Kermode Bear – Canada’s Spirit Bear

Kermode Bear

Kermode Bear

Just recently Steve Kozlowski, a wildlife photographer for 18 years, captured this amazing photo of a Kermode Bear. The Kermode Bears are otherwise known as the Spirit Bear or Ursus americanus kermodei. They are rarely seen, as their habitat has been diminishing for years. The photographer caught this just outside of his tent.

The Tsimshian people  of Western Canada called this bear “Moksgm’ol” - which roughly translates to “white bear”. The term “Spirit Bear” was likely chosen by First Nations tradition, which believe the white bears were to be left untouched and protected.  The Spirit Bear is not a Polar Bear, nor an Albino, as the Spirit Bears have brown noses and brown eyes. TheSpirit Bear Cub Spirit Bears are a subspecies of the North American Black Bear. Their colour is caused by a recessive gene which causes their coat to be a beautiful pale cream colour, with occasional tinges of yellow or orange on their backs. Zooligists believe 1/10 of the Spirit Bears are born with white fur. These Spirit bears are omnivores, they feed primarily on berries, greens, and salmon.

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Scientists call this species an “umbrella” species. If a large enough ecosystem for these bears can be protected, countless other species will benefit from it as well. Including Salmon, Wolves, Grizzlies, Birds, etc. The Spirit Bears have lived in the Pacific Northwest Rainforest for thousands of years, with the largest observed population being right near Princess Royal Island.Kermode Bear They are in danger of losing their habitat, which will pose a significant threat to their population. This once massive forest has been shrinking yearly, due to urbanization and logging which has been increasing lately. It is currently estimated that there are only a few hundred remaining Spirit Bears left in British Columbia.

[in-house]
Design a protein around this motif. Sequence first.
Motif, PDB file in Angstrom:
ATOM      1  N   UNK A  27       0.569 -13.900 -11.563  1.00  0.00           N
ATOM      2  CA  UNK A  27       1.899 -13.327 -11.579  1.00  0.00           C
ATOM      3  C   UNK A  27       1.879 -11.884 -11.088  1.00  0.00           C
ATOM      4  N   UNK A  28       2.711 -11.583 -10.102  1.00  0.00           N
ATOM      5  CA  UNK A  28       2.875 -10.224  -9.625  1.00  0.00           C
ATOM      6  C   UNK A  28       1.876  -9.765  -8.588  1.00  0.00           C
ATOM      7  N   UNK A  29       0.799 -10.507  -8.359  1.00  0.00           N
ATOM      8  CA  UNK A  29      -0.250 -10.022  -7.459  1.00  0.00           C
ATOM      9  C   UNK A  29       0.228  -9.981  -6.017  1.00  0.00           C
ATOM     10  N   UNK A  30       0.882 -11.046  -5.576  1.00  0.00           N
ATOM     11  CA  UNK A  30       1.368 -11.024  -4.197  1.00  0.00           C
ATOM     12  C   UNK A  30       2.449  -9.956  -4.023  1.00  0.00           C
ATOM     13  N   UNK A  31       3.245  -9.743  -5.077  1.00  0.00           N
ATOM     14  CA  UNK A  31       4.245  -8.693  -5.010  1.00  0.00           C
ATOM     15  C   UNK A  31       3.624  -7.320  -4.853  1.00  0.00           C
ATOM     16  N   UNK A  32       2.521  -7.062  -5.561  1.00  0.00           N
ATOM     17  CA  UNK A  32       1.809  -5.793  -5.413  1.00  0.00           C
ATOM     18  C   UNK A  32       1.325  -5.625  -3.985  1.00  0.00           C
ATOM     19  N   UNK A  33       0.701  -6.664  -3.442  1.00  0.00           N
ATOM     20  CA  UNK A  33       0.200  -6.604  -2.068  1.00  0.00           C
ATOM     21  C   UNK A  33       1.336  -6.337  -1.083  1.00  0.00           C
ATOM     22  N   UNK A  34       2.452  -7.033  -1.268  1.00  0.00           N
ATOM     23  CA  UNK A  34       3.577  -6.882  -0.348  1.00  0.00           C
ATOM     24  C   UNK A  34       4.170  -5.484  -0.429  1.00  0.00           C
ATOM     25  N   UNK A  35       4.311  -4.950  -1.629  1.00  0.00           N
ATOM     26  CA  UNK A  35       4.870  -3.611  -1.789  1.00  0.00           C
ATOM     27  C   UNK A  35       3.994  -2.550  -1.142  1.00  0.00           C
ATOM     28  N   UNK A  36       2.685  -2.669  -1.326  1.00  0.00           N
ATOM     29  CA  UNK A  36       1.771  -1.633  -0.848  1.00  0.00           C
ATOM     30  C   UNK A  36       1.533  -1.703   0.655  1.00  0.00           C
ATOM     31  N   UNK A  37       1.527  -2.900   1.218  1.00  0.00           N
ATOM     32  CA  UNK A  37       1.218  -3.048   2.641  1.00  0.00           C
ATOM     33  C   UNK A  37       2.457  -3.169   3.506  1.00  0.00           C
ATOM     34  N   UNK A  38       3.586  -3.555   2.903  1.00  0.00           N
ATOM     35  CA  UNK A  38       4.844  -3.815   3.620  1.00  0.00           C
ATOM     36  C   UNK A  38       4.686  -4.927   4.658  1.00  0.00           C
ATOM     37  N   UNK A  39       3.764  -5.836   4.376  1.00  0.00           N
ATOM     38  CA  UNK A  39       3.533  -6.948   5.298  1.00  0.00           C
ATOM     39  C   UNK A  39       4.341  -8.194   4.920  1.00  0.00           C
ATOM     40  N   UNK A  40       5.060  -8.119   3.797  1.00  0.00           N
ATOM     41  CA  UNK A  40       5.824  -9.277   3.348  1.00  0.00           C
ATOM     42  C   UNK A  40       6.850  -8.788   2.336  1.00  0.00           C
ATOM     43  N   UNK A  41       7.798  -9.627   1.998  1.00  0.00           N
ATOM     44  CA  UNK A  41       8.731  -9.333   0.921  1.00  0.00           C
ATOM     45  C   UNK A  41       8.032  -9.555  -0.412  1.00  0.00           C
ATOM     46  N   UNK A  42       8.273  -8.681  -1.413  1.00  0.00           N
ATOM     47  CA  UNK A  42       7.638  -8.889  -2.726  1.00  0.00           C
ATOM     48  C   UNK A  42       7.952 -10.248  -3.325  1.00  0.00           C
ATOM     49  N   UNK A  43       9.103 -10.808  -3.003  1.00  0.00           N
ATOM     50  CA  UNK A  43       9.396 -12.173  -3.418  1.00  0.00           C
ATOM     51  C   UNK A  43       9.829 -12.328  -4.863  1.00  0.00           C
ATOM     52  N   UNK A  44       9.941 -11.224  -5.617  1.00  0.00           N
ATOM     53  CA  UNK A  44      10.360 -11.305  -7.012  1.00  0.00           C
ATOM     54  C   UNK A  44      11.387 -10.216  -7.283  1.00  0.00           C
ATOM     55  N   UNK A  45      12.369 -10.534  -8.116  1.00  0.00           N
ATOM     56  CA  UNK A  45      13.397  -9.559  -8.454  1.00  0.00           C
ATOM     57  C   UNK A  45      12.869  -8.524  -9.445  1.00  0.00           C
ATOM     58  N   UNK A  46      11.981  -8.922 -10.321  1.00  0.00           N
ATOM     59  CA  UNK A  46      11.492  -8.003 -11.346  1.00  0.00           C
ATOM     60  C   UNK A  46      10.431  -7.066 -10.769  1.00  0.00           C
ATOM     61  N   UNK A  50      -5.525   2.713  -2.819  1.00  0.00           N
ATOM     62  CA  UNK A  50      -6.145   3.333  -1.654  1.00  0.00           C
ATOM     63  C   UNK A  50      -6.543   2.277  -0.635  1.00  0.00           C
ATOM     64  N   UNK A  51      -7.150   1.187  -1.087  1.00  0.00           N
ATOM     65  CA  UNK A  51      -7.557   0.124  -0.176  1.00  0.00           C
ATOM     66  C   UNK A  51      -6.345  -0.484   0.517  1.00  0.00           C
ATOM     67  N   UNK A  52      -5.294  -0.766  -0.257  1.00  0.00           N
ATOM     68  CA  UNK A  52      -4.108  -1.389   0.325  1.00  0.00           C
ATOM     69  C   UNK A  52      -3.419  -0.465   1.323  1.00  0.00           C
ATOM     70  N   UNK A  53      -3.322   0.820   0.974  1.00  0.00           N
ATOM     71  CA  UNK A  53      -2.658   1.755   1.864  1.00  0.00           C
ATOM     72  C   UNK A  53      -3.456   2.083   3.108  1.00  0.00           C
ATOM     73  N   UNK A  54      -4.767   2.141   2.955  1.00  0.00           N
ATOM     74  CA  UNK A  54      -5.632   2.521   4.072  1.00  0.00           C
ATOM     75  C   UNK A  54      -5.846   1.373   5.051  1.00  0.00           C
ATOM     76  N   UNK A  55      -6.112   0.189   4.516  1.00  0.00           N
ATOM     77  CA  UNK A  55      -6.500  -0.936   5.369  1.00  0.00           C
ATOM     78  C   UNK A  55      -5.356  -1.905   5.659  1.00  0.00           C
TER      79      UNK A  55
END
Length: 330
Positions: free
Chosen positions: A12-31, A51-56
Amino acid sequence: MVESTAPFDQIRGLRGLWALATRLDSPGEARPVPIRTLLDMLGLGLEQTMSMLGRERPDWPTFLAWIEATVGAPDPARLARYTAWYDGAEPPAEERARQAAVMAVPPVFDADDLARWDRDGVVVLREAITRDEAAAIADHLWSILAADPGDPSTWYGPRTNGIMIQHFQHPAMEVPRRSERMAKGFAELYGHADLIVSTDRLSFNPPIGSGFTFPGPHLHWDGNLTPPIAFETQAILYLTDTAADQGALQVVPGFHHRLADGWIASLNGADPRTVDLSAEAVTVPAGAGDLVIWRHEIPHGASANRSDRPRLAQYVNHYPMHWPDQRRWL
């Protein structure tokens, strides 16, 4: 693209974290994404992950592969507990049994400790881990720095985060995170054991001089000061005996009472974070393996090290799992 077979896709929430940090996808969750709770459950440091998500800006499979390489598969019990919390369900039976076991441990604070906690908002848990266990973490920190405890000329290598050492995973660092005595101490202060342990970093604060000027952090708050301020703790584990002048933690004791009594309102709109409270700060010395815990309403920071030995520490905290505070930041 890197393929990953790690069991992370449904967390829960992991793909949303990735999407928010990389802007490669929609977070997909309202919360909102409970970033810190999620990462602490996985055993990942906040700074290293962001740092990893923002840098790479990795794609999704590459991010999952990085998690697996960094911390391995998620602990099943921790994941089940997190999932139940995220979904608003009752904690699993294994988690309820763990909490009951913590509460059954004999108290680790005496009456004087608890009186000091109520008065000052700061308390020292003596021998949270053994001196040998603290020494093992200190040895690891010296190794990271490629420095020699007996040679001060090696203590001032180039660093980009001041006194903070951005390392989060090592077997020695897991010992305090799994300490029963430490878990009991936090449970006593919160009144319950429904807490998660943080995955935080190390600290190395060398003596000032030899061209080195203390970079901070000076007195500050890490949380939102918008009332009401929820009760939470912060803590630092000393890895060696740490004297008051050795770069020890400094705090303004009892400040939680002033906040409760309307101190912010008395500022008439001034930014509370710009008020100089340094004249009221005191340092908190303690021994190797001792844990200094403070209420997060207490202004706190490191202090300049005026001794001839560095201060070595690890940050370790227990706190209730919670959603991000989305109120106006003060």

For those of you wishing to help protect the Spirit Bears habitat, check out Raincoast, They are a non-profit team of conservationists and scientists dedicated to protecting the lands, waters and wildlife of the Great Bear Rainforest. Email them and ask how you can help.

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  • Dave and Deb

    Wow, great post. I didn't even know that this bear existed. I am going to look into Raincoast and see how we can help. We are losing so much habitat to urban sprawl. etc. That is crazy that there are less of these bears than the Panda, and yet we never hear about them in the media.

  • Scott

    This is a pretty big thing here in BC to actually see current photographs of a Spirit Bear. It's estimated only a couple hundred of these bears are alive and if you even happen to meet one, it's said you are blessed with incredible good fortune.

  • Corbin

    @ Dave & Deb – Thanks, they're an amazing animal. It's so strange that an animal that large has remained hidden from the majority of peoples eyes. I'd love to see one someday. There is one tour company that heads out there, but its like a luxary sailing trip. 2 grand + from what I remember. Seems kind of expensive. Plus the more people out there, the more their habitat gets messed up. Maybe I'll luck out camping or something.

    @ Scott – I remember hearing about the good luck they're suppoesd to give you when I was a kid. I could use some sweet Bear luck right now. I'm stupid broke. lol. Hows the trip coming along? You guys leave soon n'est pas?

  • valerie M

    Heyy i love spirit bears!
    lol there soo cute(:
    well ill be backk!!LOL
    bye!

  • http://blackbearlearning.blogspot.com/ Black bear

    Due to global warming, black bears are starting to move more to the north, and often leads to mating between black and polar bears, which leads to a white bear that looks like black.
    .-= Black bear´s last blog ..American Black Bear- Livestock and crop predation =-.

    • http://ibackpackcanada.com Corbin

      Sounds interesting, bears rock.

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